I’m going to publish hopefully this one post on the 2016 election, because, to be perfectly honest, I’m terrified to express an opinion about this on the Internet.
I still consider myself mostly a centrist on the left-right spectrum of politics. Some issues I lean left on, some issues I lean right on, but usually not very far either way. I typically take things on a case-by-case basis, and hardly ever form a “this is the way it should always be” kind of opinion, because circumstances always change. (This is probably a side effect of my experience as a software developer.)
That should be enough right there to tell you why I’m scared to talk about politics on the Internet anymore. The Internet no longer understands Gray. There is only Black and White on the Internet now. Politically, the Internet consensus either leans extremely far to the left, or extremely far to the right. (Mostly left, if one were to be truthful, but the right is catching up in some sectors.)
With regard to this election in particular, if you’re not 100% anti-Trump or 100% anti-Clinton, you’re probably going to be a target for a horde of zealots who think they know everything they need to know from Stephen Colbert, Fox News, and/or some animated GIFs.
Unfortunately I have this weird habit of throwing out all the memes and headlines and rhetoric about candidates. I look at memes and say, “That’s a funny meme, but I wonder if it’s actually true?” Usually a little digging will reveal it’s not.
For example, like everyone else, I saw that photo of a crowd turning their backs on Clinton to take selfies with her, with a caption something like, “This is what’s wrong with America.” Or, “This is 2016 in a nutshell.” Or, “Kids today.” Or something along those lines. I chuckled. But what’s the first thing I thought? “I bet that was intended to be an opportunity for selfies and everyone is taking that photo out of context.” I didn’t even bother to look it up because I knew that’s what it had to be.
It’s best to assume that every media report (in this I include social media) about any candidate is a 100% bald-faced lie, and proceed from there. The days of journalists reporting facts so that we humble citizens can make informed political decisions are long dead. (Well, let’s say ten or fifteen years dead.) And social media? Citizen journalism? Don’t make me laugh. Citizens are the worst. Political bloggers? It’s all filthy, stinking lies.
But that’s beside the point. The real point of this post is: For me, it doesn’t matter who wins this election. For America, I don’t believe it matters either. Both candidates have merits and flaws. (Gasp!)
A Clinton Presidency?
There’s not much to say about Clinton. She represents the status quo in this election. I don’t have a problem with the status quo at the moment, so it won’t hurt me if she were elected. I am actually better off than I was 8 years ago, but I’m not so naive as to think it has anything to do with who was president. It was all me. Me, I tell you!
I said above that I’m fairly centrist. Clinton is a centrist Democrat, so her ideology fits reasonably well with mine, so there’s nothing to complain about there. She’s (probably) not going to start any wars, she’s not going to try to overturn the second amendment, she’s not going to change any marriage laws.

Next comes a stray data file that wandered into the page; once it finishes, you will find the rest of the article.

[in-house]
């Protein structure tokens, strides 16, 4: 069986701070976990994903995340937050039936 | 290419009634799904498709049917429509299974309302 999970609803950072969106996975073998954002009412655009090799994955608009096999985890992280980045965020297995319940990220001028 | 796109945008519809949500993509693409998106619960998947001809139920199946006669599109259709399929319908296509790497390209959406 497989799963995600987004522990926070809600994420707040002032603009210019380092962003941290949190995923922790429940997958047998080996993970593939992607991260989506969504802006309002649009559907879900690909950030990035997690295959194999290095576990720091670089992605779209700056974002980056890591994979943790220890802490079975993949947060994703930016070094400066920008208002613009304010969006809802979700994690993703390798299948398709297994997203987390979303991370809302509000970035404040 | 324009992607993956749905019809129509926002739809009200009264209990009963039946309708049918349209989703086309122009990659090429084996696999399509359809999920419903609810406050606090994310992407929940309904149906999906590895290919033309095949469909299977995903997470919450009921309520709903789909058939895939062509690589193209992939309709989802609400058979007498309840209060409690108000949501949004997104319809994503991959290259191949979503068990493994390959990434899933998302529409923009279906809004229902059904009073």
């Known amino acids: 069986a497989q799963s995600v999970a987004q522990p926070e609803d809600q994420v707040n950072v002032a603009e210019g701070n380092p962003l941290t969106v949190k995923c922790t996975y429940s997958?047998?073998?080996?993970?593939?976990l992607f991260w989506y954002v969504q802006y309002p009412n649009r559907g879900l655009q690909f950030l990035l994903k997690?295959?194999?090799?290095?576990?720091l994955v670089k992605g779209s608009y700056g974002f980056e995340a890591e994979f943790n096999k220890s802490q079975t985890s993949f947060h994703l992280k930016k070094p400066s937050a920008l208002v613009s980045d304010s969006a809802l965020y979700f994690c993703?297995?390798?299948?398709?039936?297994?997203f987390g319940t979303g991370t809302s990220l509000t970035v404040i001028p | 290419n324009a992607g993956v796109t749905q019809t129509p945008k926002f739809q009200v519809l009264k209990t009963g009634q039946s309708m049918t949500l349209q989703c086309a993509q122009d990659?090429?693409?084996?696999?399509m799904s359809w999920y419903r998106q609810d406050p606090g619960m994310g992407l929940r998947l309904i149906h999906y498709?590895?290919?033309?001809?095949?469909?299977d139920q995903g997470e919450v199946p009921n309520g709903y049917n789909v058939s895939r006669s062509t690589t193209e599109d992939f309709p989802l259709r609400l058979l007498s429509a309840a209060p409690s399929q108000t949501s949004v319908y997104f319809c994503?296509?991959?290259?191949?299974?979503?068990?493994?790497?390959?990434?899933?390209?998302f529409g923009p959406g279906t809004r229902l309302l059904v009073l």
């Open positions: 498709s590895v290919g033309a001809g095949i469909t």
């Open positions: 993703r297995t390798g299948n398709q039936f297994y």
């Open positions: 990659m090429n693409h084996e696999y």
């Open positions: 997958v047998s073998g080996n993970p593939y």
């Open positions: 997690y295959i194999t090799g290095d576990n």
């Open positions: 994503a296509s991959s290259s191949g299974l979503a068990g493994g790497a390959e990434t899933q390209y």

Personally, I’ve suspected that Clinton would be the next president ever since she dropped out of the 2008 race. I assumed that Obama made a deal with her so she would step aside and endorse him.
I don’t particularly want another Clinton in the White House, though, because of the knee-jerk partisanship she brings with her. Republicans will continue to obstruct everything at every turn, because that’s what they do now, and boy will they ramp it up against a Clinton. I could easily imagine Republicans spending her entire term trying to impeach her for whatever made-up reasons they can make stick. It will be another four years of epic gridlock.
Oh, she used a private email server? I’ve seen how government secures their computers, so her email was probably safer on a private server (even if it was hacked). The very idea that she should be sent to prison for using a private server sounds silly and hyper-partisan to me. Like trying to sink a politician’s career over jay-walking or speeding. If anything, it should make everyone feel better about her as president, because you know she’s never going to make that mistake again. (And yes, I believe it was a mistake, because to believe otherwise is to believe she was deliberately leaking emails to our adversaries, and that level of planning and sophistication is rarely present in government circles.)
What about Benghazi? A catastrophe, but nobody’s fault. Except, you know, the terrorists.
But nobody really cares about Clinton and her baggage, do they? The 2016 election is all about one man.
A Trump Presidency?
Here is where I’m going to start to get into trouble. I said above that if you’re not 100% anti-Trump or 100% anti-Clinton, you’re going to be a target, but the dirty truth of the matter is that it’s only if you’re not 100% anti-Trump that you’ll be a target. If you breathe even a word suggesting that you might in fact only be, say, 60% against Trump, I’m a little scared of the consequences. I’m afraid that only being 60% against Trump is basically the same as being a full-blown, racist, misogynist, pro-Trump supporter, in the eyes of the Internet. Followers and readers could be lost, which is the currency of the Internet.
So here goes.
Stripping things down to the basics, Trump is an outsider, which makes him a big question mark. With Clinton, we know exactly what we’re going to get: A career politician. With Trump, we’re not so sure, but we know it’s not a career politician. He’s more of a career used-car salesman.